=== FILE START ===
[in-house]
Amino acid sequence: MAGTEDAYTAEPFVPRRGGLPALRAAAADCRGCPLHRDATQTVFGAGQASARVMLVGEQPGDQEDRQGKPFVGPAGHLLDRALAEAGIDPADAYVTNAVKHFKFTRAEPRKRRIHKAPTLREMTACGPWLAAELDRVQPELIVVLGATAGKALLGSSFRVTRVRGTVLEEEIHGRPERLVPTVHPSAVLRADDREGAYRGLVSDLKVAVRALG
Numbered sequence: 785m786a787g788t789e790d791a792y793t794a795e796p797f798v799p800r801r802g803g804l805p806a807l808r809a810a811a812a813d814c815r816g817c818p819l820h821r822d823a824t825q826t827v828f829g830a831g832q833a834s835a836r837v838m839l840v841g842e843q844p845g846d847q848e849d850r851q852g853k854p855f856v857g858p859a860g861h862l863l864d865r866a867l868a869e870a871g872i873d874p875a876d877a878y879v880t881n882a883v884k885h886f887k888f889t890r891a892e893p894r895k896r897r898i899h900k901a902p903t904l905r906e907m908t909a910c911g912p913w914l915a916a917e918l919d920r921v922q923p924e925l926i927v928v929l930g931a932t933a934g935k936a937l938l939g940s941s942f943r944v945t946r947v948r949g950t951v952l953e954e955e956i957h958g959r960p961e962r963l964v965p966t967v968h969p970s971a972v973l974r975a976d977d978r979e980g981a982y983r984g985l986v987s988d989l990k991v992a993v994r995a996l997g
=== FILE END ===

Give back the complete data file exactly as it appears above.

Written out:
[in-house]
Amino acid sequence: MAGTEDAYTAEPFVPRRGGLPALRAAAADCRGCPLHRDATQTVFGAGQASARVMLVGEQPGDQEDRQGKPFVGPAGHLLDRALAEAGIDPADAYVTNAVKHFKFTRAEPRKRRIHKAPTLREMTACGPWLAAELDRVQPELIVVLGATAGKALLGSSFRVTRVRGTVLEEEIHGRPERLVPTVHPSAVLRADDREGAYRGLVSDLKVAVRALG
Numbered sequence: 785m786a787g788t789e790d791a792y793t794a795e796p797f798v799p800r801r802g803g804l805p806a807l808r809a810a811a812a813d814c815r816g817c818p819l820h821r822d823a824t825q826t827v828f829g830a831g832q833a834s835a836r837v838m839l840v841g842e843q844p845g846d847q848e849d850r851q852g853k854p855f856v857g858p859a860g861h862l863l864d865r866a867l868a869e870a871g872i873d874p875a876d877a878y879v880t881n882a883v884k885h886f887k888f889t890r891a892e893p894r895k896r897r898i899h900k901a902p903t904l905r906e907m908t909a910c911g912p913w914l915a916a917e918l919d920r921v922q923p924e925l926i927v928v929l930g931a932t933a934g935k936a937l938l939g940s941s942f943r944v945t946r947v948r949g950t951v952l953e954e955e956i957h958g959r960p961e962r963l964v965p966t967v968h969p970s971a972v973l974r975a976d977d978r979e980g981a982y983r984g985l986v987s988d989l990k991v992a993v994r995a996l997g